More metro pay lanes are in mix

  • Article by: LAURIE BLAKE , Star Tribune
  • Updated: November 2, 2010 - 7:32 AM

As part of a new "low-cost, high-benefit'' strategy to road improvements, MnDOT is proposing adding eight more MnPASS pay lanes throughout the Twin Cities area.

Now that more than 20,000 motorists are paying to use the metro area's first two MnPASS pay lanes, the Minnesota Department of Transportation wants to add them to eight more commuting corridors throughout the region.

One of them, on Interstate Hwy. 35E between St. Paul and Little Canada, could be under construction within two years.

And for future lanes, MnDOT is floating the idea for the first time of charging carpools and motorcyclists, or raising the carpool-for-free threshold to three people, depending on congestion levels.

In a new report, the department claims success with transit-toll express lanes on I-394 and I-35W and proposes an additional 167 miles of MnPASS lanes in the next 20 years.

Although MnDOT says commuters have accepted the express lanes, some cities say MnPASS lanes are no substitute for general purpose lanes.

Future MnPASS pay lanes would be built on the shoulder or in the median as part of a new MnDOT strategy to stretch money to more locations with "low-cost, high benefit" road improvements.

Rather than funding a few big ticket road projects a year, MnDOT's new priority is to take on more smaller projects that deliver 80 percent of the benefits of bigger projects at 10 to 20 percent of the cost, said Scott McBride, MnDOT's metro district engineer.

He called it a philosophical "change in the way we are doing business."

Establishing a network of MnPASS lanes -- reserved during rush hours for buses, carpools, motorcycles and solo drivers willing to pay a variable toll for a faster trip -- would guarantee that at least one lane on each freeway would be congestion-free, McBride said.

If pay lanes become congested, MnDOT could raise the toll or require three people in a carpool, McBride said.

The first new MnPASS lanes could be started within two years on I-35E between St. Paul and Little Canada as part of the Cayuga Bridge rebuilding. Cost of the 8-mile section is pegged at $75 million to $90 million.

Second-priority locations, where it would take longer to get the lanes built, are: I-94 between Minneapolis and St. Paul; I-35W from Minneapolis to Blaine; I-35E between Vadnais Heights and Little Canada, and Hwy. 36 between I-35W in Minneapolis and I-35E in St. Paul.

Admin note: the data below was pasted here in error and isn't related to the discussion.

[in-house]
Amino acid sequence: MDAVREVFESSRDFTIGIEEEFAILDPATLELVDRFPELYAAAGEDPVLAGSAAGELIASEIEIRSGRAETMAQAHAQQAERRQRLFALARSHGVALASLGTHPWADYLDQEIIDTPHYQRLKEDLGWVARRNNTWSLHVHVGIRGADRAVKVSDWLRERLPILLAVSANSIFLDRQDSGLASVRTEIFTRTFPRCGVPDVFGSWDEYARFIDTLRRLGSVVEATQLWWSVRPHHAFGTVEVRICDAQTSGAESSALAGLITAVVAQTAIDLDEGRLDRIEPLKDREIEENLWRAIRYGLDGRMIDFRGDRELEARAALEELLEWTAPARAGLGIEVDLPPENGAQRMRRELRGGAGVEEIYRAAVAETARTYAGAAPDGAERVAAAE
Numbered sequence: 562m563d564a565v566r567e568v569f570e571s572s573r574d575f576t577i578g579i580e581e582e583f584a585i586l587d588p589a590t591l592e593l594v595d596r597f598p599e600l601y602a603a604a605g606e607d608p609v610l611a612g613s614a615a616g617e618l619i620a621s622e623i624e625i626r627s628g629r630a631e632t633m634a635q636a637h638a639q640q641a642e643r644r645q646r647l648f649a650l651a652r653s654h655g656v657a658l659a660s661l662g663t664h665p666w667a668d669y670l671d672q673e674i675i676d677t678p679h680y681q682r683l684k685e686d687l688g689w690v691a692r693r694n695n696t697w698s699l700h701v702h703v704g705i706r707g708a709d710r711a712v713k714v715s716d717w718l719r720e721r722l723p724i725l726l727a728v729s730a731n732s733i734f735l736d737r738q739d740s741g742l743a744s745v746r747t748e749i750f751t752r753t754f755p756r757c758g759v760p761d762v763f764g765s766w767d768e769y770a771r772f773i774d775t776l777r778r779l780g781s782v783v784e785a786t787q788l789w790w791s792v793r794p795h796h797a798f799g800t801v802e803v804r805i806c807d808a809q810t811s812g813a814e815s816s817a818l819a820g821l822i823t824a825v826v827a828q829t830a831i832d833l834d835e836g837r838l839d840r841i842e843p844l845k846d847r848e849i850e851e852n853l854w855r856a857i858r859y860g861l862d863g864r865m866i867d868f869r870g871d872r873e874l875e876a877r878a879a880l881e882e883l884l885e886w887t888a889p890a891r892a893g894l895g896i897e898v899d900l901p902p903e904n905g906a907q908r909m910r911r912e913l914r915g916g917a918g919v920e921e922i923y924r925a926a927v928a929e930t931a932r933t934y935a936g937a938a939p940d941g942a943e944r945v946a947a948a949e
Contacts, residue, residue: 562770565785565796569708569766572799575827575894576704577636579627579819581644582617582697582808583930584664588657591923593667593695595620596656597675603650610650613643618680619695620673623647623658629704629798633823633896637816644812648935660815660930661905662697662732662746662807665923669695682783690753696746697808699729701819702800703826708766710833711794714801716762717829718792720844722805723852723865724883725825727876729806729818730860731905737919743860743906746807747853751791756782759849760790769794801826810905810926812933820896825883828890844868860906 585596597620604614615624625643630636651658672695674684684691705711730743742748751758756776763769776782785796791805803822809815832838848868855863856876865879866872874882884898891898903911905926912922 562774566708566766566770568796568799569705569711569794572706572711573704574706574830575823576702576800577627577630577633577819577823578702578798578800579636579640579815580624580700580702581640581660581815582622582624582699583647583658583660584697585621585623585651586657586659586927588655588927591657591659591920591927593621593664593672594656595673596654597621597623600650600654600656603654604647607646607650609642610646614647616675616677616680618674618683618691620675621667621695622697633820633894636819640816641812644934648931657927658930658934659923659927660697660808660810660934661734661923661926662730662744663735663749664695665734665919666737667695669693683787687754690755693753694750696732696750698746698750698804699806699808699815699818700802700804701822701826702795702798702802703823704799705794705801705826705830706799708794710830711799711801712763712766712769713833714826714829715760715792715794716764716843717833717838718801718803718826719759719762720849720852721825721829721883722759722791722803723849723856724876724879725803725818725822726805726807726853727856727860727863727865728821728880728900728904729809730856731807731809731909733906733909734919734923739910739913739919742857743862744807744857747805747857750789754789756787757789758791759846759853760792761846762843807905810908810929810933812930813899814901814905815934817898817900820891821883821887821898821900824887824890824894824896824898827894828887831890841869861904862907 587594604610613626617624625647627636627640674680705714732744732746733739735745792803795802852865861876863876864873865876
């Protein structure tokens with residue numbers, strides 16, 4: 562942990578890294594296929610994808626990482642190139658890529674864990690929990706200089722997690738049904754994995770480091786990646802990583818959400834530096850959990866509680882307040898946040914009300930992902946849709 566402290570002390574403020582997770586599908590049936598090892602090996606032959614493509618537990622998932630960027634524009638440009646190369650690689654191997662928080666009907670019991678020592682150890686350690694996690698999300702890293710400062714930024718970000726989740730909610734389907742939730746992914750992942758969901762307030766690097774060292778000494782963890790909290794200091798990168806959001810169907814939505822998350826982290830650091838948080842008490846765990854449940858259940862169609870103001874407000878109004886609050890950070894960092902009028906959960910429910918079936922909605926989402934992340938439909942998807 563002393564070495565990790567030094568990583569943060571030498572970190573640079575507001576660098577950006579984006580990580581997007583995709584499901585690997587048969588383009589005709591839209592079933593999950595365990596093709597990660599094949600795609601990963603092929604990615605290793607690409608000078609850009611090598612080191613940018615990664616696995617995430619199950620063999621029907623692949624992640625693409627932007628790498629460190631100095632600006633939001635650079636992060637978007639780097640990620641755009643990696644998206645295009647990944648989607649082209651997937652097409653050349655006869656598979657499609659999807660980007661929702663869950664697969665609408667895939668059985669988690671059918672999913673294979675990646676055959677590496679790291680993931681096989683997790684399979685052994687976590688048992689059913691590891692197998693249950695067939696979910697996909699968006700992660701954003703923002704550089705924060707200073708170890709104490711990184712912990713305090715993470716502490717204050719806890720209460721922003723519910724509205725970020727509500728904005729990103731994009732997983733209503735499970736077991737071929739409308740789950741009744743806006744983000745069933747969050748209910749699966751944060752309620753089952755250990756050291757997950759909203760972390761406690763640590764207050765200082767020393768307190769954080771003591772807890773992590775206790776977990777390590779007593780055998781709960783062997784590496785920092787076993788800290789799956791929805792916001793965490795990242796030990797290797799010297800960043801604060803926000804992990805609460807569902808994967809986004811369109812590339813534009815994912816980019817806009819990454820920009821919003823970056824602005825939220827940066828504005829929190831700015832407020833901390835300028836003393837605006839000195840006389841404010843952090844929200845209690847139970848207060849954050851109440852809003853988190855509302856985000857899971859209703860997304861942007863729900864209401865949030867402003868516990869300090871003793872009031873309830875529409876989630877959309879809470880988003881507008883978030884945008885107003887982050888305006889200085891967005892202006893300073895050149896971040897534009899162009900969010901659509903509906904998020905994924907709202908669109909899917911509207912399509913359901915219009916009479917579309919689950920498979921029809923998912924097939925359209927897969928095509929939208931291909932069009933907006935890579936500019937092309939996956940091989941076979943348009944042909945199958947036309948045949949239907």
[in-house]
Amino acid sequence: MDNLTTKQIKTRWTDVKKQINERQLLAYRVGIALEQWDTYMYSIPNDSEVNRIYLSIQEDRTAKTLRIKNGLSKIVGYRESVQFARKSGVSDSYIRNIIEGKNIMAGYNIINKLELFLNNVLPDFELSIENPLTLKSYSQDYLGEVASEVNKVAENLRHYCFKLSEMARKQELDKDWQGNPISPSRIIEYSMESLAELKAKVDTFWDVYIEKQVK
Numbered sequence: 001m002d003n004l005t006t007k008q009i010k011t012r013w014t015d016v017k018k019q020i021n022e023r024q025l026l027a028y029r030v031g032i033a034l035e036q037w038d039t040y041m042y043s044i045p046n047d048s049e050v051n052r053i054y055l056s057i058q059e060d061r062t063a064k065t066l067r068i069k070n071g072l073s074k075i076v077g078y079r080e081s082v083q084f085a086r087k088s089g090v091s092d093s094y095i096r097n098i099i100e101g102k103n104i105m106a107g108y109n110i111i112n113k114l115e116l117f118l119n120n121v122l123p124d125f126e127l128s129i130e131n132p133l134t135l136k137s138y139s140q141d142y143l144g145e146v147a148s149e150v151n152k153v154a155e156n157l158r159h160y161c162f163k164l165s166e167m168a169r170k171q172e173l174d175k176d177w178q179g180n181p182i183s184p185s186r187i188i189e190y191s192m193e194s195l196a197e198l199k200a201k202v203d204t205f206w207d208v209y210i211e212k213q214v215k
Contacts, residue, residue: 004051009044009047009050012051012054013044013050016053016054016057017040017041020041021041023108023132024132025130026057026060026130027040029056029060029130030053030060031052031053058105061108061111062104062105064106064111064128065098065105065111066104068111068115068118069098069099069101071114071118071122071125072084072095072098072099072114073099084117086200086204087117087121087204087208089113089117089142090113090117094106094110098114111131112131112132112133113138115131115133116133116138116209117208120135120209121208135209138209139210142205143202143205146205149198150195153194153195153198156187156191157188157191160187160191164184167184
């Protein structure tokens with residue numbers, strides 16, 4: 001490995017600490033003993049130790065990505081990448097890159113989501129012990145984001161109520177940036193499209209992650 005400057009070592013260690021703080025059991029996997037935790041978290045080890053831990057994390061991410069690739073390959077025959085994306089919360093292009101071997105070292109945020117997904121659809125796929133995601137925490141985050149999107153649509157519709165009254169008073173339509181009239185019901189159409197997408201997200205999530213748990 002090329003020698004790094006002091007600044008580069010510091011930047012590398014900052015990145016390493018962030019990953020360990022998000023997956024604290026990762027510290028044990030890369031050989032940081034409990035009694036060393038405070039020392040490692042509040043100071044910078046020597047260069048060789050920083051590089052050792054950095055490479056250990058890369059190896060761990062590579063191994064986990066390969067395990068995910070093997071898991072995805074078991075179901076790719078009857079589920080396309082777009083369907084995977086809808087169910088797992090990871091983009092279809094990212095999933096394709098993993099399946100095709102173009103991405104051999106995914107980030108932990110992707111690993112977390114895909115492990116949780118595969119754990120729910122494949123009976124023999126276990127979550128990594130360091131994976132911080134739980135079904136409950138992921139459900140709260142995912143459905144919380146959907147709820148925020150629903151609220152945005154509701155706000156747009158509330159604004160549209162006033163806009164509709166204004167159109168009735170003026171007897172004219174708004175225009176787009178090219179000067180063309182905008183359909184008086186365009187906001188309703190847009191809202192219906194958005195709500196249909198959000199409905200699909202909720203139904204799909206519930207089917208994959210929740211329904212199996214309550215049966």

Longer-term locations are: Hwy. 169 between Shakopee and Eden Prairie; north Hwy. 77 between Apple Valley and Bloomington, and a long stretch of I-494 from Bloomington to Maple Grove.

Money is available for the I-35E MnPASS lanes as a piggy back off the bridge project. Otherwise no funding has been set aside to build the pay lane network.

MnDOT plans to start working with communities to get segments ready to go as funding becomes available, McBride said. Each would be proposed to allow time for legislators, local officials and residents to comment, said MnPASS manager Nick Thompson.

Suburbs worry about growth

Plymouth, where I-494 drops from three lanes to two, objects to getting MnPASS lanes on its stretch instead of a new regular lane in each direction like those added in Minnetonka and Eden Prairie.

Plymouth Mayor Kelli Slavik said her city has worked for more than a decade to get general lanes added to open the traffic bottleneck.

Suburban officials outside the Interstate 694-494 beltway also have complained that MnDOT's new strategy will not keep up with population forecasts for their communities.

The Minnesota Transportation Alliance, a road and transit advocacy group, said MnDOT should keep planning bigger road expansion projects even if the state doesn't have the money now.

"Our concern is that as a region we don't just throw up our hands and say, 'Well, there is never going to be enough money so forget it,''' said alliance executive director Margaret Donahoe.

McBride said communities may choose to wait for bigger preferred projects, but those "are not in our vision right now. As far as we are concerned, they would be waiting a long time."

It may come down to a choice between building MnPASS lanes or no new lanes, said Thompson. "In many of our corridors we are only going to build one more lane in each direction -- that is all that space provides."

MnPASS lanes had 1 million paid trips last year, MnDOT said. It also cites high retention in the toll accounts and a survey of 500 users last year that found 91 percent satisfied or very satisfied with the lanes.

"A lot of indicators tell us that people really like to have this choice especially because it's optional," Thompson said.

No more free carpools?

MnPASS lanes are free to carpoolers and motorcyclists. Solo drivers who want to avoid congestion pay from 25 cents to $8, depending on length of trip and congestion levels.

For proposed MnPASS lanes, MnDOT wants to consider charging carpoolers and motorcyclists the same rate as solo drivers to bring in more revenue to help pay for the lanes. It also would make police enforcement simpler and less costly and keep traffic moving freely on the MnPASS lanes by subjecting all vehicles except buses to the variable tolls, it said.

The pay structure for future lanes is another point to discuss, Thompson said.

On 394 and 35W MnPASS lanes, toll prices were set to minimize congestion, Thompson said. "It wasn't to maximize revenue. Sometime in the future there might be a policy decision to change that."

Laurie Blake • 612-673-1711

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